What's Your Sexual Style?

How a couple can share desire, pleasure, and satisfaction.

Is it really men who stop couple sexuality?

Is it really men who stop couple sexuality?

The word on the street is that male sexual desire is automatic, erections are spontaneous, and intercourse frequent. Another assumption is that men are easily frustrated by women's inhibited desire and their difficulty to reach orgasm. And, with the introduction of pro-erection medications (Viagra, Cialis, Levitra) erectile dysfunction has been cured and the man returns to the easy, predictable, and autonomous erections of youth.

How true are these assumptions? The majority of men learn to be sexual with spontaneous erections, a sense of sexual lust and control, and highly predictable sexual intercourse. For most men under 30, sexual response is autonomous-he can experience desire, arousal, and orgasm and need nothing from his partner. The traditional model of total predictability and control with intercourse as a pass-fail test ultimately subverts male sexuality. With the aging of the man and his commitment to a relationship, sexuality needs to transition to an intimate, interactive couple process. Many men do not make that transition. Instead they become anxious sexual performers or prefer masturbation (with or without Internet porn) because of a greater sense of control and predictability.

And, here's the shocking truth. When couples totally stop being sexual, in over 90% of cases, it is the man's decision, made unilaterally and conveyed non-verbally. He has lost confidence with erections, intercourse, and orgasm. Sex becomes increasingly frustrating, embarrassing, and eventually avoided. He tells himself "I don't want to start something I can't finish." Not only does he avoid intercourse, he stops all kinds of sensual and sexual touching. This is a loss for him, her, and the relationship.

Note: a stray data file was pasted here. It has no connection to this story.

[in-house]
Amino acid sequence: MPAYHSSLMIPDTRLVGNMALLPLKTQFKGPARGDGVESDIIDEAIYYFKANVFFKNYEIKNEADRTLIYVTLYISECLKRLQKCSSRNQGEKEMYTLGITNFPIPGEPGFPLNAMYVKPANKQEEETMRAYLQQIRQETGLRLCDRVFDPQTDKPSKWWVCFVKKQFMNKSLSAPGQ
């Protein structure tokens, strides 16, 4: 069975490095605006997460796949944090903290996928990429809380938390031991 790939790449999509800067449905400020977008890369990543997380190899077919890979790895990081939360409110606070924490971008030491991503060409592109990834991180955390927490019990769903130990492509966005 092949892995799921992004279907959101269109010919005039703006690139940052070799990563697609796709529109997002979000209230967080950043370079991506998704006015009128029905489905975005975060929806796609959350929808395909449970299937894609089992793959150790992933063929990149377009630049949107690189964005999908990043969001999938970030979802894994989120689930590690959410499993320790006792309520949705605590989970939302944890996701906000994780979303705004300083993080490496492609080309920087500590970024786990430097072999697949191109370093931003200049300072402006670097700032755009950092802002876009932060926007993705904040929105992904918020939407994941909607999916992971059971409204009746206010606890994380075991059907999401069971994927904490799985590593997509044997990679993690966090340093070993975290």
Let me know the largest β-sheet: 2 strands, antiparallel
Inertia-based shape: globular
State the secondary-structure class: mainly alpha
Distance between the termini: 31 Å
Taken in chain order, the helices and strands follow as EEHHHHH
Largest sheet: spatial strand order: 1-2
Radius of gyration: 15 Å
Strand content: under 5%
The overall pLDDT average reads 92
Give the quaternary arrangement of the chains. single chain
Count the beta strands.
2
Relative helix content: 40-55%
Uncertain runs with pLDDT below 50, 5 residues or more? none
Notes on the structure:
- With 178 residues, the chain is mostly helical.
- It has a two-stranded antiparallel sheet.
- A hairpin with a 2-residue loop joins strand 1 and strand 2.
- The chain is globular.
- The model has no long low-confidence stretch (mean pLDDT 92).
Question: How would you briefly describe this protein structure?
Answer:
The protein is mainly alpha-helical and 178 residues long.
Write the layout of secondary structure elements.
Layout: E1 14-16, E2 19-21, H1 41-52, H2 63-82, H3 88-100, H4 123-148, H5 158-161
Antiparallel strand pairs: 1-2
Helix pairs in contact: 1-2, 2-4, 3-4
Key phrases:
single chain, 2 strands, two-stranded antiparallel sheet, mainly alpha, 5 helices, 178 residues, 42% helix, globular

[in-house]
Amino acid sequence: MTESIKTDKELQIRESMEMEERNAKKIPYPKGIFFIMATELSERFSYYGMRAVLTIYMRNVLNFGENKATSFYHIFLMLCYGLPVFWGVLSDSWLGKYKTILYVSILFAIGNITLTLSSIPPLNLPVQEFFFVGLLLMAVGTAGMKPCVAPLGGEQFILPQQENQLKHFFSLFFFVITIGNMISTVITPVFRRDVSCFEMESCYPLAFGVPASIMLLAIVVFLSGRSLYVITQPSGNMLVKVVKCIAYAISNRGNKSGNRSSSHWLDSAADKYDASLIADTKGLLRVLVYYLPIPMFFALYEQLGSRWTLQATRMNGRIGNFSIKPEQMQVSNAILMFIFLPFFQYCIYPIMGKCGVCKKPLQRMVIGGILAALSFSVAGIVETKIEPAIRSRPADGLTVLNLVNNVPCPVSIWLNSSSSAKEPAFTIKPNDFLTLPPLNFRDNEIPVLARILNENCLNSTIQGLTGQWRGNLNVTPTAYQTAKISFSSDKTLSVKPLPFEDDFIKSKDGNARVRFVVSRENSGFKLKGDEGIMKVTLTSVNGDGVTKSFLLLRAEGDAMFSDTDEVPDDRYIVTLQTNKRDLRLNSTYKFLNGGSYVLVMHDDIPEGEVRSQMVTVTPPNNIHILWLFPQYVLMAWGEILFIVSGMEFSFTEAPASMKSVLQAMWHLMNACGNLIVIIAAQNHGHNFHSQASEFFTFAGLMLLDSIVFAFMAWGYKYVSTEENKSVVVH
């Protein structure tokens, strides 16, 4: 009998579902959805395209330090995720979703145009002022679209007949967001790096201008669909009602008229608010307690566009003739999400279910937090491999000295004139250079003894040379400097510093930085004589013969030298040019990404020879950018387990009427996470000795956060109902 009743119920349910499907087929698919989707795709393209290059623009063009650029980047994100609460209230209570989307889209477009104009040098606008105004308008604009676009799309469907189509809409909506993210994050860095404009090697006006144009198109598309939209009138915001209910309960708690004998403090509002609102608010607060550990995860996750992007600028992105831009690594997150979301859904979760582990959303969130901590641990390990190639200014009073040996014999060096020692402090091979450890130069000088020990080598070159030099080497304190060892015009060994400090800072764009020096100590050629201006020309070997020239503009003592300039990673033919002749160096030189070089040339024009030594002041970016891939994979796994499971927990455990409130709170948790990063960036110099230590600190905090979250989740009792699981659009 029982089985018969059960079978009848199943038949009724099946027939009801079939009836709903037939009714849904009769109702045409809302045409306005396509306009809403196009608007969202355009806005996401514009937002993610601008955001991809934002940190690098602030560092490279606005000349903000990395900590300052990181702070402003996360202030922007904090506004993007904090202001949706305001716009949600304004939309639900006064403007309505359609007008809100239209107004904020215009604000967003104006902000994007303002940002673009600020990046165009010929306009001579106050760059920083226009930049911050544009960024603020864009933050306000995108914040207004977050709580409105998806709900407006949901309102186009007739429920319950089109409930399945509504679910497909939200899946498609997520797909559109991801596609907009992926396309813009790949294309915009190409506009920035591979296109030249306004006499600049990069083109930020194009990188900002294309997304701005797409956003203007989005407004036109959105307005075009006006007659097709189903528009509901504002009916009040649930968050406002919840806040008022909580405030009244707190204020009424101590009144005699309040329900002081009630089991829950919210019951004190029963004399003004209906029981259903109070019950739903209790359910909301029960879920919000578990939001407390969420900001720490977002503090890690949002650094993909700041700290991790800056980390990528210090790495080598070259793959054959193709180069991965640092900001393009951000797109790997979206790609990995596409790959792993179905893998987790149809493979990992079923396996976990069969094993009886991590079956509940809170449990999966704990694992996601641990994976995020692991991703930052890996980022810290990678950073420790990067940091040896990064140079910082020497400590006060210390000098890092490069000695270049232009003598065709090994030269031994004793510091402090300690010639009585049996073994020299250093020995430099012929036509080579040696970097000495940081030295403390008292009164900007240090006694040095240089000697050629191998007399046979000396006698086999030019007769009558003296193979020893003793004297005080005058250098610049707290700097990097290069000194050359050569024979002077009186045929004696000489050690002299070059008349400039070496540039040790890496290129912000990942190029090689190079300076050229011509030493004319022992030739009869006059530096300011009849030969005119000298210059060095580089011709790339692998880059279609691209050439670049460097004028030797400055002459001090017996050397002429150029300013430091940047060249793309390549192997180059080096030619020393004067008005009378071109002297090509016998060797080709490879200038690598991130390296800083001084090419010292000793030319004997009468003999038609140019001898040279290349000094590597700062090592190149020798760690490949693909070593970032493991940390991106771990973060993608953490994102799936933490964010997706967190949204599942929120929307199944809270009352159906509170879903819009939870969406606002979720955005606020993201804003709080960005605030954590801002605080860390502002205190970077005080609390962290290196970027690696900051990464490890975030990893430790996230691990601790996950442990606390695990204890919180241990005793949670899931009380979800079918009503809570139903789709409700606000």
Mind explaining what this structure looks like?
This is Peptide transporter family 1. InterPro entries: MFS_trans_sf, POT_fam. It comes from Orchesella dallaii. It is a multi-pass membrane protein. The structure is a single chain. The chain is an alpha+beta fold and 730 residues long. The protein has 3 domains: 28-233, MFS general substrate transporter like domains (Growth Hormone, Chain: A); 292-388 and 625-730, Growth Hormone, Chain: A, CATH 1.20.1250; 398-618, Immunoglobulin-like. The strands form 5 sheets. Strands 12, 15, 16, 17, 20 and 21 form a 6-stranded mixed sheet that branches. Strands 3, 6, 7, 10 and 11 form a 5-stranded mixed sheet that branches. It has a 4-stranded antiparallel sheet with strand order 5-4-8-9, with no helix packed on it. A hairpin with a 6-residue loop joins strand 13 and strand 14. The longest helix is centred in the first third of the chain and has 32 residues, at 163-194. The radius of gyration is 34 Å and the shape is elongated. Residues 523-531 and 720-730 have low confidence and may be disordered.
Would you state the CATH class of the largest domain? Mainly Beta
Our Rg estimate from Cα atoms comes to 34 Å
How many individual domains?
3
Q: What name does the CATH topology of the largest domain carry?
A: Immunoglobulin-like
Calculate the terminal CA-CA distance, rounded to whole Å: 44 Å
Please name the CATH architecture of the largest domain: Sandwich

There are two particularly high risk times for male desire problems to occur. The first is when the couple has settled into their relationship, whether married or cohabitating. Sometimes, the problem is a sexual secret-he has a variant arousal pattern, is more comfortable with masturbatory sex than couple sex, a history of sexual trauma which has not been processed with the partner or anyone else, or conflicts about sexual orientation. The more common problem is he never makes the transition from romantic love/passionate sex to developing a couple sexual styles (the subject of my latest book Discovering Your Couple Sexual Style) which integrates intimacy and eroticism into their ongoing relationship.

The second high risk time is the man stops being sexual in his 50's, 60's, or 70's. It is usually in reaction to experiencing sexual dysfunction, either not maintaining an erection for intercourse or developing ejaculatory inhibition. Rather than turning to the woman as his intimate, erotic partner with whom he shares pleasure, he obsesses on trying to perform for her. He goes to his internist for a prescription for Viagra or Cialis with the hope of a return to the autonomous erections of his youth. Although these are very good drugs in enhancing vascular efficacy and serving as a placebo to reduce performance anxiety, they cannot live up to the marketing hype. In truth, the medical intervention needs to be integrated into their couple style of intimacy, pleasure, and eroticism and the couple need to adopt the variable, flexible "Good Enough Sex" approach to sexual satisfaction rather than cling to the perfect intercourse criterion.

The keys for enjoying intercourse and orgasm are to transition to intercourse at high levels of sexual satisfaction (not immediately go to intercourse because you fear losing your erection), use multiple stimulation during intercourse (rather than depending on thrusting alone), and freedom to use "orgasm triggers" to go from erotic flow to ejaculation (rather than working to force orgasm). If the man and couple can accept the challenge of being intimate, erotic partners and focus on sharing pleasure and eroticism rather than perfect intercourse performance, they can enjoy desire and sexuality into their 60's, 70's, and 80's.

Barry W. McCarthy, Ph.D., is a professor of psychology at American University, a certified marital and sex therapist, and recipient of the 2009 Smart Marriages Impact Award. McCarthy and his wife Emily have collaborated on 11 books which have sold more than a million copies, including Rekindling Desire, Getting it Right the First Time, Getting It Right This Time and Men's Sexual Health. Their most recent book is Discovering Your Couple Sexual Style.

Barry W. McCarthy, Ph.D., is a tenured professor of psychology at American University and a best-selling author.

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